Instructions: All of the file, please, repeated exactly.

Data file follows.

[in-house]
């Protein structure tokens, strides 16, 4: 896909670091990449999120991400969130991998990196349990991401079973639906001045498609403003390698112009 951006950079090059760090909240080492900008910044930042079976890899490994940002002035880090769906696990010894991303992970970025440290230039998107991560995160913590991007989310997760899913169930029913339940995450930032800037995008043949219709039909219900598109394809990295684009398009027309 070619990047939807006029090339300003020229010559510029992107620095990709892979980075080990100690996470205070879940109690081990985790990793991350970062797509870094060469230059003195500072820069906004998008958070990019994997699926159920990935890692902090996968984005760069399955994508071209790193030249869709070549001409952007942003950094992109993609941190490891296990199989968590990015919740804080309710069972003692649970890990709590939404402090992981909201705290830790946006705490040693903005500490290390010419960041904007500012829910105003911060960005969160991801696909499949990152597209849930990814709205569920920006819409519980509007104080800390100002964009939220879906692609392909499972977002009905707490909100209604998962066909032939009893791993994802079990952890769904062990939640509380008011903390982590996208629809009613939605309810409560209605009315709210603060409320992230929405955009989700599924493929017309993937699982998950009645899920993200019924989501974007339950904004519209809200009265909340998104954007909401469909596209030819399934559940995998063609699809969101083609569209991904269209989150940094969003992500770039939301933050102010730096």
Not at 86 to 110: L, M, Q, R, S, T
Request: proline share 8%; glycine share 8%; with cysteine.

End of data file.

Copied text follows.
[in-house]
């Protein structure tokens, strides 16, 4: 896909670091990449999120991400969130991998990196349990991401079973639906001045498609403003390698112009 951006950079090059760090909240080492900008910044930042079976890899490994940002002035880090769906696990010894991303992970970025440290230039998107991560995160913590991007989310997760899913169930029913339940995450930032800037995008043949219709039909219900598109394809990295684009398009027309 070619990047939807006029090339300003020229010559510029992107620095990709892979980075080990100690996470205070879940109690081990985790990793991350970062797509870094060469230059003195500072820069906004998008958070990019994997699926159920990935890692902090996968984005760069399955994508071209790193030249869709070549001409952007942003950094992109993609941190490891296990199989968590990015919740804080309710069972003692649970890990709590939404402090992981909201705290830790946006705490040693903005500490290390010419960041904007500012829910105003911060960005969160991801696909499949990152597209849930990814709205569920920006819409519980509007104080800390100002964009939220879906692609392909499972977002009905707490909100209604998962066909032939009893791993994802079990952890769904062990939640509380008011903390982590996208629809009613939605309810409560209605009315709210603060409320992230929405955009989700599924493929017309993937699982998950009645899920993200019924989501974007339950904004519209809200009265909340998104954007909401469909596209030819399934559940995998063609699809969101083609569209991904269209989150940094969003992500770039939301933050102010730096």
Not at 86 to 110: L, M, Q, R, S, T
Request: proline share 8%; glycine share 8%; with cysteine.